Crane Buys Maine Company; Bringing 100 Jobs To North Adams
The paper company announced Thursday afternoon it had acquired Maine-based William Arthur Stationery and will move its operations to North Adams.
Mayor Richard Alcombright called the acquisition "the best economic news since I had taken office" for the city.
"These are manufacturing jobs. They're good paying jobs," Alcombright said on Thursday. "I just can't thank Doug Crane and Crane & Co. enough."
According to Crane CEO Stephen DeFalco, Crane approached the West Kennebunk company about eight months ago and signed a deal recently — for an undisclosed amount — to purchase its operations.
The purchase is part of Crane & Co.'s "repositioning" of the stationery division, which recently included consolidating operations in the North Adams factory. William Arthur will be integrated into the operations by adding a second shift and about 100 employees.
"This just a great step for us," DeFalco said on Thursday. "This adds a substantial amount of volume out of that facility."
Crane recently re-examined the stationery industry, which in the last 10 years had declined in certain aspects of the market, such as stationery for letter writing. Crane found that high-end stationery is most needed for wedding invitations, thank-you cards and personal, DeFalco said, and restructured the company based on those items.
"Casual conversation has shifted to email," DeFalco said.
Crane announced earlier this year that some Dalton and Pittsfield facilities will be consolidated into the North Adams building as one stationery division. That has paved the way for leaner production and opened the door to make an acquisition.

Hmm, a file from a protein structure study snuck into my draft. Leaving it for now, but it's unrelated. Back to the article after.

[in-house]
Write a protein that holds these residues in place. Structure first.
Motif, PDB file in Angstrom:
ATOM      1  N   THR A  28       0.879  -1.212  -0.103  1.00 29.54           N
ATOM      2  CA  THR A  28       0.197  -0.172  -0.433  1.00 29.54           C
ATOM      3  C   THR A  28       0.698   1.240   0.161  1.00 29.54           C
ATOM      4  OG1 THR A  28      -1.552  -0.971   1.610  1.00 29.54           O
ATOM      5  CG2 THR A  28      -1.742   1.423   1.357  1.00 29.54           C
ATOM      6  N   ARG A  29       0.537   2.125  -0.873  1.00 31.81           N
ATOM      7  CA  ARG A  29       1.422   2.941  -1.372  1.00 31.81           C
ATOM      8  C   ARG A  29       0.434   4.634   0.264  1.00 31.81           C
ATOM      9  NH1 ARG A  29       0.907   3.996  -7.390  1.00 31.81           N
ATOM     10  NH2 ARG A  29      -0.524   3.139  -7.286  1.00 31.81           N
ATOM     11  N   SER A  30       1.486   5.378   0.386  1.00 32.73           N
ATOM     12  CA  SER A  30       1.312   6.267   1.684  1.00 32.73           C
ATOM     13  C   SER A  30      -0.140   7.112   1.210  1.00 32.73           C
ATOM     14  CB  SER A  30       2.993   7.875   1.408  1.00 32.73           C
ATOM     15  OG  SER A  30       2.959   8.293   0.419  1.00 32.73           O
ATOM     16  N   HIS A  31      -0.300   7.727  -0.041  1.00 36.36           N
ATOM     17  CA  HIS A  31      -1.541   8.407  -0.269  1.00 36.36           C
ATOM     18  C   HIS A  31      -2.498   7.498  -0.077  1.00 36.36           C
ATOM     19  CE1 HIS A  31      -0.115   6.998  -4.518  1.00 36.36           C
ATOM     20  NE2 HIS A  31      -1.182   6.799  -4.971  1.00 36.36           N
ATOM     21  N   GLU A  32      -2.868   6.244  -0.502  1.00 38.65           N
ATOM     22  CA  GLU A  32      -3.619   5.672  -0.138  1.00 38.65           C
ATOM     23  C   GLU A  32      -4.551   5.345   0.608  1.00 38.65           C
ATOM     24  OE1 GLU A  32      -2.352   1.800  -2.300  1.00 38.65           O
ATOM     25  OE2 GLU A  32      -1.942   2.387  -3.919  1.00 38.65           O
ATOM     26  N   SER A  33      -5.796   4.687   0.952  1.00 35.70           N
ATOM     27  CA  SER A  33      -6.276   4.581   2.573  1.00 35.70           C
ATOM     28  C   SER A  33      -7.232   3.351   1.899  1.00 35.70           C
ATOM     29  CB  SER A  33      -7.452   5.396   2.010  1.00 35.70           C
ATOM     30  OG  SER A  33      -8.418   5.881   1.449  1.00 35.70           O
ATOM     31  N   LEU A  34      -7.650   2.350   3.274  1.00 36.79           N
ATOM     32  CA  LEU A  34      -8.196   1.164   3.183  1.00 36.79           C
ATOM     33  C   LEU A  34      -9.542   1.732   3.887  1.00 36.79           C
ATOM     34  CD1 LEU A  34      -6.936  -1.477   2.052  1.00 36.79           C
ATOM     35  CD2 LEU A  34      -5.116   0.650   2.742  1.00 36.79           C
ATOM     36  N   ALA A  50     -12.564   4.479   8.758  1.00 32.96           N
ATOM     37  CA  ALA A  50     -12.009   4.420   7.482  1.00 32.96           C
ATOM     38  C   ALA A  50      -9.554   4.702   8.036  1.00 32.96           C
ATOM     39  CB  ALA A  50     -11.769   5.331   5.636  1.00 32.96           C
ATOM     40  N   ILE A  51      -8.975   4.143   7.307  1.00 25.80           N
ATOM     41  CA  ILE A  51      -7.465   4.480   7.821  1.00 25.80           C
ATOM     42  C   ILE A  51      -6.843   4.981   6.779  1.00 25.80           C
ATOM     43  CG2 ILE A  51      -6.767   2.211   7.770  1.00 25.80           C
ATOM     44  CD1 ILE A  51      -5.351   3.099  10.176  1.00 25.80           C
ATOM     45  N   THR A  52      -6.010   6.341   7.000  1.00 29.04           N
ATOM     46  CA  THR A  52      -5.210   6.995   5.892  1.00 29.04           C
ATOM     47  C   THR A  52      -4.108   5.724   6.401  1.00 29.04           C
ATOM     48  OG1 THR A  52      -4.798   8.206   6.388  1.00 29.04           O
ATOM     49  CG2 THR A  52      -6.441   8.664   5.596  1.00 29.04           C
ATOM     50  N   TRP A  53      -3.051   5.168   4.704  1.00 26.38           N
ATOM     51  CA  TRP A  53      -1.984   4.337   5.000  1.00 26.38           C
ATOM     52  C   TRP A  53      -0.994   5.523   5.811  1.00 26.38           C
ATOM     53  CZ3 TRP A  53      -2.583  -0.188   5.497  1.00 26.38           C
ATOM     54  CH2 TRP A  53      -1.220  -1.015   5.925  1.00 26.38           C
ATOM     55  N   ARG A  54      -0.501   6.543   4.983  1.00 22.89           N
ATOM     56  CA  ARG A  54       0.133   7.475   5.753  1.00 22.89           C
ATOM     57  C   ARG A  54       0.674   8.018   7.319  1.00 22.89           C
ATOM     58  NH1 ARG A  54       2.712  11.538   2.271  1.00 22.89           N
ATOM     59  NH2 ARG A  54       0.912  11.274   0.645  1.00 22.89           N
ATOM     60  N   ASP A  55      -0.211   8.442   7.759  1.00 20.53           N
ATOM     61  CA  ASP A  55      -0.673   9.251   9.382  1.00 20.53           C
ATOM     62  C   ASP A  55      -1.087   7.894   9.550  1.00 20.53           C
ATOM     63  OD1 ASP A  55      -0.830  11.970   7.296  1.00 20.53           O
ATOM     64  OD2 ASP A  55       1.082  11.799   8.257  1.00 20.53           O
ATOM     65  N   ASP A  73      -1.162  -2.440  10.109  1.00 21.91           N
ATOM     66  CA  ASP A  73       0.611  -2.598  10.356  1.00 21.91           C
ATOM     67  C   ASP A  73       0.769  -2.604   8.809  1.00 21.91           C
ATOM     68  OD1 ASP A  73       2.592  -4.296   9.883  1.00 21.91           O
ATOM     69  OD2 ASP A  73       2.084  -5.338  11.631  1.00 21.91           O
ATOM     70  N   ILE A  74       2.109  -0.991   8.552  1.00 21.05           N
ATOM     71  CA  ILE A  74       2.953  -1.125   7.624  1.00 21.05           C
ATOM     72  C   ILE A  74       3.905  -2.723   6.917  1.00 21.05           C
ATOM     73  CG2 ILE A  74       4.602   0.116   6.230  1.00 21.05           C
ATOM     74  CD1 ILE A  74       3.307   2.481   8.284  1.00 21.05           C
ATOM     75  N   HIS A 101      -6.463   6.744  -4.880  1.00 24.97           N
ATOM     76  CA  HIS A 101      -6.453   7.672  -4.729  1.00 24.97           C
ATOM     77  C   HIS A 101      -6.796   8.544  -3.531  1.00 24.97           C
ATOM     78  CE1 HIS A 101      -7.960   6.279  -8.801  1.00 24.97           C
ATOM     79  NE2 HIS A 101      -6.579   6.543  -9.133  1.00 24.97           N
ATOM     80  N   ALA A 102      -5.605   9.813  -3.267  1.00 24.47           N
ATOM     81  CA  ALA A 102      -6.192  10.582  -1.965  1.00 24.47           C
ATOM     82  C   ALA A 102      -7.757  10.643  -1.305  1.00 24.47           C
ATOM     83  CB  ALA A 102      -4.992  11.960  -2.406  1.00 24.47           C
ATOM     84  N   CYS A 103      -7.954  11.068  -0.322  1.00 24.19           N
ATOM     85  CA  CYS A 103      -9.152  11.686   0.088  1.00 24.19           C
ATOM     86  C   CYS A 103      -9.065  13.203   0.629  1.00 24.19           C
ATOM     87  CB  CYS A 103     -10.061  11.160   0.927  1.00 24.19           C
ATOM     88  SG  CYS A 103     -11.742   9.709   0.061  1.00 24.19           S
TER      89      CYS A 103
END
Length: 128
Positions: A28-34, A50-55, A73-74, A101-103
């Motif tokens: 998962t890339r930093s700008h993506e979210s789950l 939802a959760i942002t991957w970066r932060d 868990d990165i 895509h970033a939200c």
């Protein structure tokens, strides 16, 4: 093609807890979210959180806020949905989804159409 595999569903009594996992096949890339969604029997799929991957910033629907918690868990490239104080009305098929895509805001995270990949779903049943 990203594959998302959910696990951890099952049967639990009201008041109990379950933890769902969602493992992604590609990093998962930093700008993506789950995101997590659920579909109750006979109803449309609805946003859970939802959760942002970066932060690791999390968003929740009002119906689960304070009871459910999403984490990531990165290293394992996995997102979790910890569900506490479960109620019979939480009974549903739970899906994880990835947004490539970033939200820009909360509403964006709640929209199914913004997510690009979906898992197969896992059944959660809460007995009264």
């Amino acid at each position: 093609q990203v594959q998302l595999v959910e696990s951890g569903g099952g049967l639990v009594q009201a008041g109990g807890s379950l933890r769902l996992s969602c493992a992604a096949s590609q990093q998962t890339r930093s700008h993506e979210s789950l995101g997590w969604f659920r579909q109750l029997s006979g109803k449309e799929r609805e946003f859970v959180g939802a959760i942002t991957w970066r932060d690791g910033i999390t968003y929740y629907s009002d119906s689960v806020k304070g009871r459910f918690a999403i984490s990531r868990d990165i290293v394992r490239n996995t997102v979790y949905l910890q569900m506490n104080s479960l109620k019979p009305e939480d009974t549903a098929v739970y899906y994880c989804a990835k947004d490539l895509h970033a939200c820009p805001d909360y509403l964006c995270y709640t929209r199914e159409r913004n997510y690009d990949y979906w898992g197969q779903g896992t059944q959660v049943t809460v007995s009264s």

"That made us more bullish with this," DeFalco said and later added, "We can go to market with three powerful brands."
The 60-year-old William Arthur, an automonous subsidiary of Hallmark, also offers Vera Wang Fine Papers.
The company employs more than 250 in West Kennebunk; some of those employees will be offered relocation. William Arthur also recently invested $1 million in digital printing equipment, according to Maine Biz, but DeFalco said only some of that will be moved to Hardman Industrial Park. Crane offers similar products so William Arthur's can be produced with existing equipment.
By the end of next year, the company is expected to be fully moved to North Adams with integration beginning in the second quarter. An integration team has been formed that will outline the plan for consolidation, DeFalco said.
Alcombright said he is working with the company to offer a tax incentive to ease the transition of bringing the jobs to the city.
"I hope to have a tax payment plan in front of the City Council in two to three weeks," Alcombright said. "It allows us to provide tax assessment based on the economic impact."
The biggest impact for Alcombright is that the move again reinforces the company's commitment to the city and the economy of the Berkshires, Alcombright said.
Editor: Yes, we had the incorrect spelling of stationery. It has been fixed.
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